At least 37 people have been killed and 35 wounded in a Taliban assault on the Kandahar airport compound, Afghan defense officials have said — as a major conference on security in the region got underway in neighboring Pakistan.
The Taliban, which claimed responsibility for the attacks, targeted residential compound and military bases at the airport, which is used by Afghan, U.S. and NATO military forces. The siege was declared to be over Wednesday afternoon local time but the attack could overshadow the high-level talks in Pakistan aimed at reviving peace talks, while underlying the continued threat from armed groups.
Officials told Al Jazeera the attackers used AK-47 assault rifles and wore military uniforms during the assault. They said all the fighters were killed and Afghan forces had retaken control of the area.
Afghan special forces deployed to the scene had to move slowly to retake the airport as any fast movement could have caused civilian casualties due to a hostage situation, military officials said.
A man who was trapped in a building near the airport told Al Jazeera that residents were told to remain inside and take cover in case Afghan or US-NATO forces mistook them for fighters.
The incident was the second major Taliban attack in Kandahar within the past 24 hours.
It is likely to lead to questions as to how the attackers were able to gain access to one of the most heavily fortified military compounds in the country.
On Monday night, Taliban forces stormed a Kandahar police station and engaged in a lengthy firefight in which three police officers and two of the attackers were killed, he said.
The latest siege in Kandahar ended just hours after Afghan President Ashraf Ghani landed in Islamabad for the Heart of Asia regional conference that aims to revive peace talks with the Taliban.
"I strongly reiterate our commitment to lasting and just peace within which all movements that resort to arms convert themselves to political parties and participate in the political process legitimately," he said.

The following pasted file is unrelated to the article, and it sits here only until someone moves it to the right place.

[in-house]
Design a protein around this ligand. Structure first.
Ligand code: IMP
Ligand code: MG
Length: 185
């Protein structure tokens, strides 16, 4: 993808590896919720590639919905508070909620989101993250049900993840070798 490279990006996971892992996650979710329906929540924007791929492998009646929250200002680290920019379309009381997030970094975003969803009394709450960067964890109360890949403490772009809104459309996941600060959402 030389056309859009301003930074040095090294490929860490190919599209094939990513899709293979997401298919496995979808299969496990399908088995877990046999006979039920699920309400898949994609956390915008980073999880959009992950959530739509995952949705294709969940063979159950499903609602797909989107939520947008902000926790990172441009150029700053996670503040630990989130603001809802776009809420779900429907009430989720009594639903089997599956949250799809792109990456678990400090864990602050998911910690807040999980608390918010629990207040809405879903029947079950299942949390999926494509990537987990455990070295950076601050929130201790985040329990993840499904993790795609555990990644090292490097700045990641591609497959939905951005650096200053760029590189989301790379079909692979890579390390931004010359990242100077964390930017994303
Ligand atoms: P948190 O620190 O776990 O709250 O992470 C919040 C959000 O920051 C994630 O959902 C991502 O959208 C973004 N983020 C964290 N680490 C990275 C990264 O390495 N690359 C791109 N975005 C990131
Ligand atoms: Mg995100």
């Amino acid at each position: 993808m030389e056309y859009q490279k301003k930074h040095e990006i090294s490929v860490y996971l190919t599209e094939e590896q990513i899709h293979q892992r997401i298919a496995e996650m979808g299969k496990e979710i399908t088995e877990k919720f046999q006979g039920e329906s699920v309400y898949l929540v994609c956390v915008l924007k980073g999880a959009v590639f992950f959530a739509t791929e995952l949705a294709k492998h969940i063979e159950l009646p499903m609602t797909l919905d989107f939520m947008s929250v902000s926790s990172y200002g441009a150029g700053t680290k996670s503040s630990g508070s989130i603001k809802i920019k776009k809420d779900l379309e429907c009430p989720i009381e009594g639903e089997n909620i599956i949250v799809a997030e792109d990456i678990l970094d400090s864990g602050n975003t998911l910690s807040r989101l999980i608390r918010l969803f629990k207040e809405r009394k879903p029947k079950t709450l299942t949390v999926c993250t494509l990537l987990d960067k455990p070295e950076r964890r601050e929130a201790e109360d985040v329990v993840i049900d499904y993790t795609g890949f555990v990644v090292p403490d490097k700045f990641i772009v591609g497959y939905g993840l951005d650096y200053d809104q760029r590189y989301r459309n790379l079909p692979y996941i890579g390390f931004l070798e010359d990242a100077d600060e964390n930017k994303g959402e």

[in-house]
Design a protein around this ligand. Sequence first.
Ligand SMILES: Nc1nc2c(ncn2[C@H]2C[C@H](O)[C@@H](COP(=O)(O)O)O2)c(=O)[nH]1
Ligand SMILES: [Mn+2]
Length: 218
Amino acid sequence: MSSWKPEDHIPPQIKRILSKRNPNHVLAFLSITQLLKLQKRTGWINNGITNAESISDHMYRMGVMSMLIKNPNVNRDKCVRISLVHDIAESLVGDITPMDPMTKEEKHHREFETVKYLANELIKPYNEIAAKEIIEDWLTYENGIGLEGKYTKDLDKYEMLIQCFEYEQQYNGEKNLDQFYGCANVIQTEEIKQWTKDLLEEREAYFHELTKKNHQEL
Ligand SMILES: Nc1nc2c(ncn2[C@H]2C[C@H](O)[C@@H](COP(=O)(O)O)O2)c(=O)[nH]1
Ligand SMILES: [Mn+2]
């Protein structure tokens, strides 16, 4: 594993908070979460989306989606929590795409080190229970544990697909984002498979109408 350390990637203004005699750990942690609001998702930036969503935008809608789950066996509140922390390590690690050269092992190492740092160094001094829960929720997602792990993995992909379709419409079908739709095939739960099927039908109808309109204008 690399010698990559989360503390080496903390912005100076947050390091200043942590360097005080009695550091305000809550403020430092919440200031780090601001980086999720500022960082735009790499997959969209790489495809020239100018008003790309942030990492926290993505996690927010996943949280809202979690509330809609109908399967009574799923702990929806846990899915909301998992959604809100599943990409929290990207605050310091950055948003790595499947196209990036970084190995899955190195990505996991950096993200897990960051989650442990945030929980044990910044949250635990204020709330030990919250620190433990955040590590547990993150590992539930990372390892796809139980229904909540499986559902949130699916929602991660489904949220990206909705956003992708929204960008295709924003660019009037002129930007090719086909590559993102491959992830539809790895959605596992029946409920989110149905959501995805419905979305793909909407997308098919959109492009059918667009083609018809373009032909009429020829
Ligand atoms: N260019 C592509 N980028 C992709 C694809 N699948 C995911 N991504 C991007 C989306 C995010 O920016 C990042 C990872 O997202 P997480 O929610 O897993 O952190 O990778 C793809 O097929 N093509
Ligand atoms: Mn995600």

"Violence is not the way in a democratic society."
Pakistan too has said it is committed to renewing the Afghan peace process.
"The emergence of newer and more threatening terrorist groups like Daesh should also strengthen our resolve against terrorism," Nawaz Sharif, Pakistan's prime minister, said at the conference on Wednesday, referring to the Islamic State of Iraq and the Levant (ISIL) group.
"We should envisage collective and coordinated measures on the regional security front to ensure that the gains and struggle against terrorism are durable and irreversible."
The meeting, an annual gathering of Asian and other countries, comes months after the first, inconclusive talks between the Afghan government and the group.
Pakistani authorities hosted peace talks in early July. But the second round of talks were indefinitely postponed following news of the death of Mullah Omar, the group's leader.
In an audio message released last week, purportedly by Omar's successor, Mullah Akhtar Mansoor, Mansoor said the Taliban "won't agree to have peace talks if our demands are not met" — including the implementation of Islamic law in Afghanistan.
The message also dismissed reports of Mansoor sustaining injuries in a gun battle during a gathering of several Taliban figures in Pakistan, as "propaganda" aimed at dividing the group.
Last month, a breakaway faction of the Taliban elected its own leader, Mullah Mohammed Rasool Akhund, sparking speculation over the unity of the group.
Mullah Abdul Manan Niazi, the faction's spokesperson, expressed interest in peace talks last month.
Violent clashes between the two rival Taliban factions erupted in southern Afghanistan early last month leaving several dead from both sides and confirming the rift.